Barinder Rasode says she has the best plan to fight crime in Surrey
WATCH: Surrey mayoral candidate Barinder Rasode speaks with Aaron McArthur
In the campaign to replace Diane Watts as mayor of Surrey, Doug McCallum, Linda Hepner and Barinder Rasode all agree that combating crime is the city’s number one issue.
So what sets Rasode apart from her rivals?
“McCallum and Hepner have both had a chance. People don’t want people surrounded by bureaucracy or a failed record,” she says.
“What they want is a new approach to solving crime that’s deliverable and measurable and evidence-based.”
Rasode is trumpeting a plan Delta Police Chief Jim Cessford has created for her campaign, which would see Surrey adopt a “no call too small” model of policing. There would an office of public safety and 200 unarmed officers trained locally to handle specific beats.
“The commitments I’m making are going to result in some real change immediately while we’re waiting officers to arrive in Surrey, which could take many years,” she says.
Rasode was elected to council in 2008 and reelected in 2011 as part of Diane Watts’ Surrey First party. But she left the party earlier this year, claiming that not enough had been done to fight crime.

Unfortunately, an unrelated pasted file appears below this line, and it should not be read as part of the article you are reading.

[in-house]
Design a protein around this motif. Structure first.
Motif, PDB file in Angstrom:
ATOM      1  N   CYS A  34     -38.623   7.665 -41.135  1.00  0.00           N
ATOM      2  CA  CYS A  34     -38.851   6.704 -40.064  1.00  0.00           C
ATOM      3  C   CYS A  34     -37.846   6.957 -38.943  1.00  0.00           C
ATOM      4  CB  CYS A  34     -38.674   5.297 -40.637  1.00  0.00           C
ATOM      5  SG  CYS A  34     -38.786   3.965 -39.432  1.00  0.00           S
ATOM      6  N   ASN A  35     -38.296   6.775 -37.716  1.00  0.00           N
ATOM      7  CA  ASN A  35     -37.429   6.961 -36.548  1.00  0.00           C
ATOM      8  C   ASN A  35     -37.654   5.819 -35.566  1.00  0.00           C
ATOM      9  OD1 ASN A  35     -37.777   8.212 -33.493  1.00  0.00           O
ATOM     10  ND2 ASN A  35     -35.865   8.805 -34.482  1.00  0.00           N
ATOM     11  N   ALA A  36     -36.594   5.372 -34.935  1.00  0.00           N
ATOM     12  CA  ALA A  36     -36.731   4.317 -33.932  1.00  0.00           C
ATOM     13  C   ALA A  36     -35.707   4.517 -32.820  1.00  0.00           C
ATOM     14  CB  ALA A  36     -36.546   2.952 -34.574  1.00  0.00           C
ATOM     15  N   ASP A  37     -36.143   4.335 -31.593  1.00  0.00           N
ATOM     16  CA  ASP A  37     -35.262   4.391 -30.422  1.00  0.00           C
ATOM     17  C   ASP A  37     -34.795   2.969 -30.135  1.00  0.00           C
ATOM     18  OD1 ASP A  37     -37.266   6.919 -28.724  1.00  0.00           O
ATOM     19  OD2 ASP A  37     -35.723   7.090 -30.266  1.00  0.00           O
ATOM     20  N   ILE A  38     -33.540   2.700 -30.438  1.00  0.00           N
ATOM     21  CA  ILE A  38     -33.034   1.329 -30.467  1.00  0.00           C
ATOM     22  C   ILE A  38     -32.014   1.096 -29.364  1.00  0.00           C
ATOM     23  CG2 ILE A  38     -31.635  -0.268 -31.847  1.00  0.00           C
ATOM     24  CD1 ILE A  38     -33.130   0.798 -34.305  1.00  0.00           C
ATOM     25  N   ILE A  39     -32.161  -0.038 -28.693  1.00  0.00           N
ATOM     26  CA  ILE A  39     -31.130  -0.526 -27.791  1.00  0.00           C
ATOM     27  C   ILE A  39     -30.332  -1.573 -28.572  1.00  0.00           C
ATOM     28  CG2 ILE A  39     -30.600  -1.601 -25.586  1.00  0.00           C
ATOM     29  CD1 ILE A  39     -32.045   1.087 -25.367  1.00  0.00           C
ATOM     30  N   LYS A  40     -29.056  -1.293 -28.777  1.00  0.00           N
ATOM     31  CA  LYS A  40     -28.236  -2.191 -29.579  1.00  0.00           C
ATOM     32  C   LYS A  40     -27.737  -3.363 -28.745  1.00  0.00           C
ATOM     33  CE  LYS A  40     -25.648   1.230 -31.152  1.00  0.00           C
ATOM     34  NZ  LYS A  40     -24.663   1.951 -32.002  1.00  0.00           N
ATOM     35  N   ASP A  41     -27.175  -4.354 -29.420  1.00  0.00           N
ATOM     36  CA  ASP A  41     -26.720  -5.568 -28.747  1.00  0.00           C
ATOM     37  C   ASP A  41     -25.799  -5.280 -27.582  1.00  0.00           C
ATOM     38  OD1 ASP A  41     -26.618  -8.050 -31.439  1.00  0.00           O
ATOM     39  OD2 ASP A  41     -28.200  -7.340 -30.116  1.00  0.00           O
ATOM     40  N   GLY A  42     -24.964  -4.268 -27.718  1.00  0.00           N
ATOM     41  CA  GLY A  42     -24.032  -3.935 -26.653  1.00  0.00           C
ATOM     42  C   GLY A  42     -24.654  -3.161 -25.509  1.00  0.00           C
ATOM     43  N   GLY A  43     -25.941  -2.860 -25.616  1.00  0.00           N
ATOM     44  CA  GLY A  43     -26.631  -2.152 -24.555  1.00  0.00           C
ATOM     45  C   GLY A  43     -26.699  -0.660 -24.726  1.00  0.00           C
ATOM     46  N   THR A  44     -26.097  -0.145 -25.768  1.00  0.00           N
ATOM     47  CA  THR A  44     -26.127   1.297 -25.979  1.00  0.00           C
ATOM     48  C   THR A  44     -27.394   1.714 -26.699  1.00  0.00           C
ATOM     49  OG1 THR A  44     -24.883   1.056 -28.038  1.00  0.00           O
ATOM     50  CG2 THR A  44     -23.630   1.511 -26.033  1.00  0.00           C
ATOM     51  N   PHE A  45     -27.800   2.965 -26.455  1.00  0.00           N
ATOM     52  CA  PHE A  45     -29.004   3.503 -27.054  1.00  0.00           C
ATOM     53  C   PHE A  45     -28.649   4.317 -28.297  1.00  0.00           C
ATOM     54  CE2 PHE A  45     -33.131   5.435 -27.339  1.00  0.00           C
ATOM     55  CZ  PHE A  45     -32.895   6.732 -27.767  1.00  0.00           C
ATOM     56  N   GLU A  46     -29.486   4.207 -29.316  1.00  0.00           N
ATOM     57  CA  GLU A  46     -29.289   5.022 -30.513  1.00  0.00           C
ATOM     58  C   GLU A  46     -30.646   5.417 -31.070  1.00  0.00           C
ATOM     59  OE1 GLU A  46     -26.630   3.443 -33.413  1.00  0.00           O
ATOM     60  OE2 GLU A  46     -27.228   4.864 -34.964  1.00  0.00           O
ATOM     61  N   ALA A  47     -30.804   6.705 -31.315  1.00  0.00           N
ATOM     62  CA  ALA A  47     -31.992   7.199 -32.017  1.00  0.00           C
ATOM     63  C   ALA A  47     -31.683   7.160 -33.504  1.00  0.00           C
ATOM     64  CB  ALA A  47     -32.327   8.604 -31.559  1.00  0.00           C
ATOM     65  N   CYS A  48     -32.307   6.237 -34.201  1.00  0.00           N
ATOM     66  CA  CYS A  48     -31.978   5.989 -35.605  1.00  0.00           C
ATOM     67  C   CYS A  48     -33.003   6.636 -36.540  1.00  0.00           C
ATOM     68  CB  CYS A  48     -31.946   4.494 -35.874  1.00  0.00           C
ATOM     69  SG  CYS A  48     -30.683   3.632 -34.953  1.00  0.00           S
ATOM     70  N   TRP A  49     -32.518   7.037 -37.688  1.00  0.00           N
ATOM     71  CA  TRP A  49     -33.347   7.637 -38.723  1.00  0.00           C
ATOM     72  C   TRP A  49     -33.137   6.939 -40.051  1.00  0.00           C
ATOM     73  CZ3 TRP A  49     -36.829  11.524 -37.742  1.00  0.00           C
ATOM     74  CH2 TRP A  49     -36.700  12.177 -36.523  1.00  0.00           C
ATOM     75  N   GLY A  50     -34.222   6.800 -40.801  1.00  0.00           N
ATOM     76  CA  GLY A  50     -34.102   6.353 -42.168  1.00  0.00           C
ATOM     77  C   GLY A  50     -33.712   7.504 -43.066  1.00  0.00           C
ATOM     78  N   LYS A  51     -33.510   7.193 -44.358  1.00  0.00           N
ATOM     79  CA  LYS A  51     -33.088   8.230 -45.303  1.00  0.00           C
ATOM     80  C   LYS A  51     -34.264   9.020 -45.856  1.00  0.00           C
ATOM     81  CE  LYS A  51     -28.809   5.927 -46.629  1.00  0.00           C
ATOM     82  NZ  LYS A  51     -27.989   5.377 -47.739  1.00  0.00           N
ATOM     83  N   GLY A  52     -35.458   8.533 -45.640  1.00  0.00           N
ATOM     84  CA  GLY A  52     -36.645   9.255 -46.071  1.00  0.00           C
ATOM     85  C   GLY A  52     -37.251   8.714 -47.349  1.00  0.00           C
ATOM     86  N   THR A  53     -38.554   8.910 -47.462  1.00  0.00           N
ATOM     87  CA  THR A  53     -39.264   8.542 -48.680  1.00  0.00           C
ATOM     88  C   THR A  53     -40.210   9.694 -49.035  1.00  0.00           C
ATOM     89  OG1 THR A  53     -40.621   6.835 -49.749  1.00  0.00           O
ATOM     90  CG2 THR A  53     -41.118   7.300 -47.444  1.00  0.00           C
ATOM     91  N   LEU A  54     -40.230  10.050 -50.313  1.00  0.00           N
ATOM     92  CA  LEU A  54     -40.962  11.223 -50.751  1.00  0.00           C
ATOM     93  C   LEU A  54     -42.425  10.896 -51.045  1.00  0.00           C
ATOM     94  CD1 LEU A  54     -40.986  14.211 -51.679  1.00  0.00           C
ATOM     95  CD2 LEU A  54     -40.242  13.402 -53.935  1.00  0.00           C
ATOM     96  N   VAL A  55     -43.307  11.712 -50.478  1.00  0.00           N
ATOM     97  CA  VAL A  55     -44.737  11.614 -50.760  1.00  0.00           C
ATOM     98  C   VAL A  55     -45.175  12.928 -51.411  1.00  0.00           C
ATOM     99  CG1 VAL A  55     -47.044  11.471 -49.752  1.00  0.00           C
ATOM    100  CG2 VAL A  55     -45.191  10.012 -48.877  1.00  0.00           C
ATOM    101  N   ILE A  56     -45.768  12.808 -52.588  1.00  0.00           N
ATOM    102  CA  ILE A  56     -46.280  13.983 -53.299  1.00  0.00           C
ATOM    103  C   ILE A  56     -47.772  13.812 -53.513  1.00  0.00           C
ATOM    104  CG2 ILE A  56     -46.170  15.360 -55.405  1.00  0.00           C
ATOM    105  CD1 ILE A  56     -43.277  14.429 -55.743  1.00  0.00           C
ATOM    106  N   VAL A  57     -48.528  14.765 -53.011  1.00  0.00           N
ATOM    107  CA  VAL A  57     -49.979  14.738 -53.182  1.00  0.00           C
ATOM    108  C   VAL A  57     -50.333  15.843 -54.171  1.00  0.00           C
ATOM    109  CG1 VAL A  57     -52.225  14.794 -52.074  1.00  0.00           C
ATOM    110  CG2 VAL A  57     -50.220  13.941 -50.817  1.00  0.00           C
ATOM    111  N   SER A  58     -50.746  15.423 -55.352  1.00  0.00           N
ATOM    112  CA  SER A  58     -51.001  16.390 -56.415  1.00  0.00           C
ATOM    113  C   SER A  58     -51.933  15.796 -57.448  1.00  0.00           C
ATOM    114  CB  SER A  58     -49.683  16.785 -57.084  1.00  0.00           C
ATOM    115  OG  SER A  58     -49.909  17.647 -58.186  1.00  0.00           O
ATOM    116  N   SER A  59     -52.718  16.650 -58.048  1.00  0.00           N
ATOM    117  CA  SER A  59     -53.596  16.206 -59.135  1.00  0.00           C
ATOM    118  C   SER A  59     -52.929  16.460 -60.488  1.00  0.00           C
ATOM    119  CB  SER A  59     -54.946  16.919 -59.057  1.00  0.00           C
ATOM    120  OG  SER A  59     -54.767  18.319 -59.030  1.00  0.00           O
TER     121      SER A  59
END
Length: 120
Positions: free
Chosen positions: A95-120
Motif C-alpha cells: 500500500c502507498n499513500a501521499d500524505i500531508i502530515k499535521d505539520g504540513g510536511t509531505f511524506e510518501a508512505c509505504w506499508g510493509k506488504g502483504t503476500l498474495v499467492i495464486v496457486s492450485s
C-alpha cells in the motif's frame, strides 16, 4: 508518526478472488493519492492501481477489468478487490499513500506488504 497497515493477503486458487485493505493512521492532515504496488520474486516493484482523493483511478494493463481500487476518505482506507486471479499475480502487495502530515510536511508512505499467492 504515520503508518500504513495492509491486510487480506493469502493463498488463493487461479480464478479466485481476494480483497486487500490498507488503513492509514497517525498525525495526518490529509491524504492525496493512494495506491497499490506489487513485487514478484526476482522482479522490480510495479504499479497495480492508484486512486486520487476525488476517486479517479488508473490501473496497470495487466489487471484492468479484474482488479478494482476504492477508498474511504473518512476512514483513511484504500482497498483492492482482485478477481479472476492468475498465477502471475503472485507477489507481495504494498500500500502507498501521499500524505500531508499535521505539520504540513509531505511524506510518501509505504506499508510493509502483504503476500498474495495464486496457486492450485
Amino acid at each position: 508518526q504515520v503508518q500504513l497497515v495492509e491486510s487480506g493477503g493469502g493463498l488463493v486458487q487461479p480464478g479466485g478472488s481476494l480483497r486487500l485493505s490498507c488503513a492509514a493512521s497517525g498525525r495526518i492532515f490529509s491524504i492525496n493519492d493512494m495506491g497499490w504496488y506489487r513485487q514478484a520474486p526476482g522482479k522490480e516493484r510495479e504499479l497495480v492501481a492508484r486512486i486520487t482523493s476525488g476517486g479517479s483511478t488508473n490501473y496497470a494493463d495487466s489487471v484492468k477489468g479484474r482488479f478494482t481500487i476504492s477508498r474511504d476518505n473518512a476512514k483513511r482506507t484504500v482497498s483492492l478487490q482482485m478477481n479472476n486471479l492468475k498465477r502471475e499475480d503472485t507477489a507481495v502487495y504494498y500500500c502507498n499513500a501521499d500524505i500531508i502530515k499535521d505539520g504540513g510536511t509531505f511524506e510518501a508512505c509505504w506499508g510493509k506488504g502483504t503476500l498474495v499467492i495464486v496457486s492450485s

“When you don’t feel safe in your own home, nothing else matters,” she says.
“You have a community where attempted murders have gone up 600 per cent, the rate of murders have gone up 127 per cent, sexual assaults have gone up 30 per cent. I would challenge anyone who says crime is not a significant issue.”
Last week, Rasode announced seven council candidates who would run with her as part of a “One Surrey” team, including several people from the police and business community.
“All of the candidates from One Surrey come from the grassroots,” says Rasode. “It’s about being responsive, whether that’s on social media or responding to emails or calls, and I think on that issue our candidates’ records speak for itself.”
Rasode says that if elected, she would persue “outside-the-box” approaches on transit, freeze taxes and limit spending.
But like almost everyone else in Surrey, her focus until voting day on November 15 will be crime.
“We cannot forget that the number one critical priority is providing adequate resources to public safety.”
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